He thought about inviting Dad over for dinner.  But lately things had been kind of weird with Dad, too.  Steven knew he was still having a hard time adjusting to losing his hair and being attacked, but he wondered if there was more to it than that.  He also kept trying to ask Steven questions that made him uncomfortable, questions about plans and the future and how he was doing, and Steven wasn’t sure he was up for it right now.  He let out a long breath.

His phone buzzed.  Hi you! What are you up to? Connie asked.  

He mentally kicked himself.  Of course, it was a Saturday.  Connie actually had a little time to hang out some weekends.  Why hadn’t he asked her to do something earlier?  Too wrapped up in his own head, he supposed.

Trying out a new recipe.  It’s hard.  I burned it three times already, but I think this time is the winner.  It smells awesome.  He sent her a picture, having to try twice because steam from the dish clouded the first shot.

That looks amazing!  Wish I could try it.  Actually, I’m getting hungry just looking at it!

He gulped, fingers firing off a reply before he could stop himself.  Want me to bring you some?

The phone buzzed again.  That sounds like a great idea!  But I told my parents I’d hang out with them tonight.  Dad found a new strategy game and he thinks he can take out my mom, but he doesn’t know how badly she’s going to stomp him.  My mom gets really competitive.  It’s gonna be hilarious.

He considered.  Well, there’s a huge pot of this vegetarian gumbo.  I could make some rice, and we could all share?

Let me check!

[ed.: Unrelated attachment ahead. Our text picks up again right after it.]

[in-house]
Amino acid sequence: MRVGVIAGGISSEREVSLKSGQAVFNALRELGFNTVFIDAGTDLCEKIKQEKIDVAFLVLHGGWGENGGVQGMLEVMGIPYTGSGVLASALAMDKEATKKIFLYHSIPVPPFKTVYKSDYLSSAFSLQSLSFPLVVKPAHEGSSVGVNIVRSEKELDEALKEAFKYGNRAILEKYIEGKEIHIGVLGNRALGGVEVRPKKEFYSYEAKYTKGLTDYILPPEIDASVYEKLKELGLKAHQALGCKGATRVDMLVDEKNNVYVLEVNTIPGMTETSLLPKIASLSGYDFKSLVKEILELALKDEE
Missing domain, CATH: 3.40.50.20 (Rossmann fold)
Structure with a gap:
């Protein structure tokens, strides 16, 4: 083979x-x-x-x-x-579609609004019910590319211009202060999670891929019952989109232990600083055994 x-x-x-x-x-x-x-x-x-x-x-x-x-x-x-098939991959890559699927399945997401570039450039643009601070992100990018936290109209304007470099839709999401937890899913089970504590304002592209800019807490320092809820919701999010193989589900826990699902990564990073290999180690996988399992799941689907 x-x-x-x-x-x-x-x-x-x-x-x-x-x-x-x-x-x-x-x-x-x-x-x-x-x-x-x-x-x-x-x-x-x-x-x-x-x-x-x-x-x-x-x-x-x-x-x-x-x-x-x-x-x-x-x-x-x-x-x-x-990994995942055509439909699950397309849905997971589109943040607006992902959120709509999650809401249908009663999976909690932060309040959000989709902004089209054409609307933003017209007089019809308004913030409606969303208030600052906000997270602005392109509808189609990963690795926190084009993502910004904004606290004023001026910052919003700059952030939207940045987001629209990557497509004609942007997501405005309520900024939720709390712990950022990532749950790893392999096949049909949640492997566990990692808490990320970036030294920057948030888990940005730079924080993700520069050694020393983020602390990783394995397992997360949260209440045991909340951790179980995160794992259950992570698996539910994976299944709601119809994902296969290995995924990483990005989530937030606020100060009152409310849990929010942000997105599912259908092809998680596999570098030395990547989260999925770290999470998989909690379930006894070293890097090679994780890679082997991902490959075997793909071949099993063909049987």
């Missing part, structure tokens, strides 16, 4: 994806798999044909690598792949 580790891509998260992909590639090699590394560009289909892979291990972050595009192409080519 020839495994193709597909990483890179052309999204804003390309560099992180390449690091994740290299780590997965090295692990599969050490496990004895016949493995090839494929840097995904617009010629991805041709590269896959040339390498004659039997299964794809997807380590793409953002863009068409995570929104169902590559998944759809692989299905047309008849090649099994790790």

He paced back and forth with his phone in his hand, hoping to feel a familiar vibration. He gave the gumbo a stir, then nodded.  It looked like the recipe had said it would, three hours after starting it.  He dipped in a tablespoon and brought out a steaming spoonful, blowing on it gently, then swallowed a bite.

Oh.

“That’s… that’s really good,” he croaked to the empty dining room.  Tears pricked his eyes unexpectedly.  He tasted garlic and pepper, heat and spice. He felt warmer than he had all week, a warmth that had nothing to do with his jacket or the temperature outside.  It seemed to fill him up from his chest and belly outward.  How was food this powerful?

His phone buzzed.  He wiped his eyes with the back of his hand and read Connie’s reply, and his face spread into a smile. 

They’d love that!  Come by as soon as you can!  Miss you <3

 

***

 

Steven rocked back and forth on his heels, standing on the Maheswarans’ doorstep, the food carefully nestled in his largest grocery bag.  He could feel the heat radiating through the cloth bag against his leg.  He rang the doorbell, his stomach flip-flopping as he did so.

She asked you to come, he reminded himself.  Yet he was seized with a sudden fear that the Maheswarans were just being polite, that Connie must have talked them into pitying him, that they didn’t actually want him around –

The door opened.  Doug Maheswaran grinned at him, looking comfortable and relaxed, no trace of pity in his warm eyes.  “Young Universe!  Good to see you.  Wow, have you grown again?  It’s been too long.  Come in, come in.”  Doug reached out and took the bag of food from Steven.  “Thank you for bringing dinner, it smells delicious. Saves me from having to come up with something!”

Steven blinked, slightly overwhelmed by the sheer force of Doug’s cheeriness.  “Hi, Mr. Maheswaran, you’re welcome!  Um, well, it made a much bigger batch than I thought it would, so it seemed silly for me to try to eat it all on my own…”

“Doug, for heaven’s sake, let the poor boy get inside before you badger him to death,” Dr. Maheswaran called from the dining room.  Steven peeked around Doug, hoping for a glimpse of–  “Connie!  Steven’s here, come on down.”

A barrelling of footsteps down the stairs, and Connie burst into the living room, grinning all over.  “Steven!”  She wore a shirt he hadn’t seen before on her, a pretty purple one with little white polka dots.  Her hair fell in loose waves around her face.  He fought a burst of giddiness.

“Connie!”